With less than 10% of IPv4 addresses remaining unallocated, IPv6 has been getting a lot of attention lately. As such, hardware vendors and ISPs (like Comcast) are now starting to figure out how best to deploy IPv6 connectivity to residential customers.

IPv6 would effectively make the use of IP masquerading (A form of Network Address Translaton used in practically all residential gateway routers) unnecessary. Unfortunately, the current ubiquity of IP masquerading has caused vendors and ISPs to be suspicious of allowing proper end-to-end connectivity to residential customers. I have even heard that some are even considering using the same IP masquerading mechanism for IPv6—for security reasons!

This would be a very bad thing for the future of the IPv6 internet, so I wanted to elaborate on the motivations people have for doing this and ways that it can be avoided altogether.

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Calendar Federation and XMPP

Monday, July 13, 2009 by darco

Why can't sending an event invitation to someone be as easy as sending an email? Why can't I check a friend's availability if they aren't using the same calendar server? Why can't I share a calendar with my friends who don't have an account on my calendar server?

For some reason or another, the concept of Calendar Servers has captured my imagination over the past year or so. I believe this technology could change how people think of time management, but I think it needs three things before it can get to that point:

  1. Ability to invite someone to an event who is using a different calendar server.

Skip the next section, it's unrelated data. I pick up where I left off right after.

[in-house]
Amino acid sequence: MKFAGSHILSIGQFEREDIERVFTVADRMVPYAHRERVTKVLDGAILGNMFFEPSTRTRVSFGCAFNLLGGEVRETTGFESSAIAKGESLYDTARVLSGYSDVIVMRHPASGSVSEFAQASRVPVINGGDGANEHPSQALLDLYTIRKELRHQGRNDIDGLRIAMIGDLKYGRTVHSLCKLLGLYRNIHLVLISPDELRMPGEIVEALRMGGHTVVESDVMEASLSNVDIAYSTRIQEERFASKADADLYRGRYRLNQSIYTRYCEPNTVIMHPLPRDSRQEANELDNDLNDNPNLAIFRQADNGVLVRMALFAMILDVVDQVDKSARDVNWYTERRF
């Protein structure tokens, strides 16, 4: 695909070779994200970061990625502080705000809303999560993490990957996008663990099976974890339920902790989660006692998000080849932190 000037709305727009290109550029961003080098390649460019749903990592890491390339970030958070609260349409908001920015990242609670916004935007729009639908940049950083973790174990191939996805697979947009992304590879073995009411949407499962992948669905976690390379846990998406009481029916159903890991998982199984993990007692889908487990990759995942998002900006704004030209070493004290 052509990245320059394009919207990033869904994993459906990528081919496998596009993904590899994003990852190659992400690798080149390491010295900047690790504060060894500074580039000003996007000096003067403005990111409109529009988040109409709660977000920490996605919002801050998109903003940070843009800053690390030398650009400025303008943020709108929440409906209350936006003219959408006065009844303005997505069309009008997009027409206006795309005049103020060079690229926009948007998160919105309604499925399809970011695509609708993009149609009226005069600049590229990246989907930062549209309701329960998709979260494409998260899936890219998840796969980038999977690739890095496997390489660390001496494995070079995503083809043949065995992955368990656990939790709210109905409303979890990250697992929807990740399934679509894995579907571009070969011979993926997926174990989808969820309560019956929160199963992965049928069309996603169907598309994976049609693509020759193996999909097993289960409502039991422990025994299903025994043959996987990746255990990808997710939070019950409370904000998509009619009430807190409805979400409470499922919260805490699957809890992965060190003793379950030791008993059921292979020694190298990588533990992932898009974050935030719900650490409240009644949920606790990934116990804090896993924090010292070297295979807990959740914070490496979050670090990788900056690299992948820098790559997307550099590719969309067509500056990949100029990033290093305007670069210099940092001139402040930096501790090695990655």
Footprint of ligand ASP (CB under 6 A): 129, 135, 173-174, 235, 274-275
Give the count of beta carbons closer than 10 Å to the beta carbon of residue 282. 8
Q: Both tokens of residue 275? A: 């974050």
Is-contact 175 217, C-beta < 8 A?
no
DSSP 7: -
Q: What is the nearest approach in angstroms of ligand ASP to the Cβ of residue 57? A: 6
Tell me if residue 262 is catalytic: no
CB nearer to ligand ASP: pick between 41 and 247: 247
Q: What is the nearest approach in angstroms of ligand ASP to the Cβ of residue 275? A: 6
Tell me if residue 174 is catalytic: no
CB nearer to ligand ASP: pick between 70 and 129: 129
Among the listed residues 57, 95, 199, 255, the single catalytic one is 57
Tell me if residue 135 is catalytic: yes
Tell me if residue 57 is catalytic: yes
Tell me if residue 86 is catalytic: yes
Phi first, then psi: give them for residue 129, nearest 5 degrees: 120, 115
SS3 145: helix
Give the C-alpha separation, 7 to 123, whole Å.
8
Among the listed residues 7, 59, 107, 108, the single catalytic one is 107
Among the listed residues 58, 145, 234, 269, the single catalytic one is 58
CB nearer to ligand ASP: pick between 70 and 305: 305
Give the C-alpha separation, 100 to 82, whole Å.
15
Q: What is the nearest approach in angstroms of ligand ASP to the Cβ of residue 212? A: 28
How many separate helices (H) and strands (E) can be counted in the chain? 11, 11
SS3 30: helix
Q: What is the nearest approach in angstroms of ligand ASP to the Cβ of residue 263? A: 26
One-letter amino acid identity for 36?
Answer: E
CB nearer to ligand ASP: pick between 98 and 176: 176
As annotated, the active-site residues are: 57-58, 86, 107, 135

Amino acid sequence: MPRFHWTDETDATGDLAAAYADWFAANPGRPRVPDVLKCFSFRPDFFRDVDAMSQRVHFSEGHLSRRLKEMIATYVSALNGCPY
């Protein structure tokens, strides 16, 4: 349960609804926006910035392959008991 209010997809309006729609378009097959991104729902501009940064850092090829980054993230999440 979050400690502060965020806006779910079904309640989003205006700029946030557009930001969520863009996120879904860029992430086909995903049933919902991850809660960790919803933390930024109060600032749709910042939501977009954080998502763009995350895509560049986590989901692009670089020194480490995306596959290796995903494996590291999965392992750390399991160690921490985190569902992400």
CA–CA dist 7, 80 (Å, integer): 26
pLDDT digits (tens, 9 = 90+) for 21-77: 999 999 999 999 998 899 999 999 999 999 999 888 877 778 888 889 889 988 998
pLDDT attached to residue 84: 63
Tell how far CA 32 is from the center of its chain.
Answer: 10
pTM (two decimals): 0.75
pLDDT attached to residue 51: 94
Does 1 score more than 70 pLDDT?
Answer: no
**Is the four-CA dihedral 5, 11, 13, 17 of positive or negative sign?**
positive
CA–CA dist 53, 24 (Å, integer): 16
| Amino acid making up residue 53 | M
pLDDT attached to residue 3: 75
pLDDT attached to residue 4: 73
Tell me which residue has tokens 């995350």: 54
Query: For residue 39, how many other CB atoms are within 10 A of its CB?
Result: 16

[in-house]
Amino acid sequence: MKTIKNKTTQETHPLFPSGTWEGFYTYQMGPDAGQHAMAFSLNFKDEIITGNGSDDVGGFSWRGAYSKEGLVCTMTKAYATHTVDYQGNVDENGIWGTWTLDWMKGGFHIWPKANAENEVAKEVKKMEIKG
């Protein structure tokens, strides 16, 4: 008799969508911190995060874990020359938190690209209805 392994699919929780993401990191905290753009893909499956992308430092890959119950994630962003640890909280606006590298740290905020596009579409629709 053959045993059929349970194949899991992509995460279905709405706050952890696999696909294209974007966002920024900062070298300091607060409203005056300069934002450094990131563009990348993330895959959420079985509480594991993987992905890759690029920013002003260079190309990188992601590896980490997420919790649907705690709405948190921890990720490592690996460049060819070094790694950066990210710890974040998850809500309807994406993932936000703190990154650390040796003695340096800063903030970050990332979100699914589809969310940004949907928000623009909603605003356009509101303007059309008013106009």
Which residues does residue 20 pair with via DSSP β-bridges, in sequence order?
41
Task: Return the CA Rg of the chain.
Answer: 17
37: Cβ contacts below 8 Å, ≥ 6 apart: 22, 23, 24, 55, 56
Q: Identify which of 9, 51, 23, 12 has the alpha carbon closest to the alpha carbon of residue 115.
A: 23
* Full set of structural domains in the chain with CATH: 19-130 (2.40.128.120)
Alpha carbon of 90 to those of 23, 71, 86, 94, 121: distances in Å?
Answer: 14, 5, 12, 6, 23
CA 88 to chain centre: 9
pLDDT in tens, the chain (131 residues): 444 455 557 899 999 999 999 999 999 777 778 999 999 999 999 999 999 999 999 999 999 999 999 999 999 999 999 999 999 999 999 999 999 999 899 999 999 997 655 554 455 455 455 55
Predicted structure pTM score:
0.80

2. Ability to view availability of someone who is using a different calendar server. (And, as a corollary, the ability to control who can see your availability)
  3. Ability to share calendars and events with people who don't have an account on my calendar server.

The key to make all of this possible is something I call Automatic Federation.

UPDATE: After writing this post, individuals have brought to my attention RFC-2446, RFC-2447, and the iSCHEDULE Technical Committee. At first glance, it looks like this may make the stuff I was proposing here somewhat irrelevant, but some investigation is still warranted. I'm not yet sure how these specs prevent abusive things like spoofing and who is allowed to see free-busy information.

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Objective-C Memory Management

Wednesday, July 8, 2009 by darco

A while back a friend of mine mentioned that for programmers starting to learn Objective-C often have difficulty fully understanding how Objective-C handles memory management. Objective-C memory management isn't really all that difficult once you get the gist of it, but it can be confusing at first.

This short article covers the basics of the normal reference-counted Objective-C runtime. Garbage collection can wait for another day.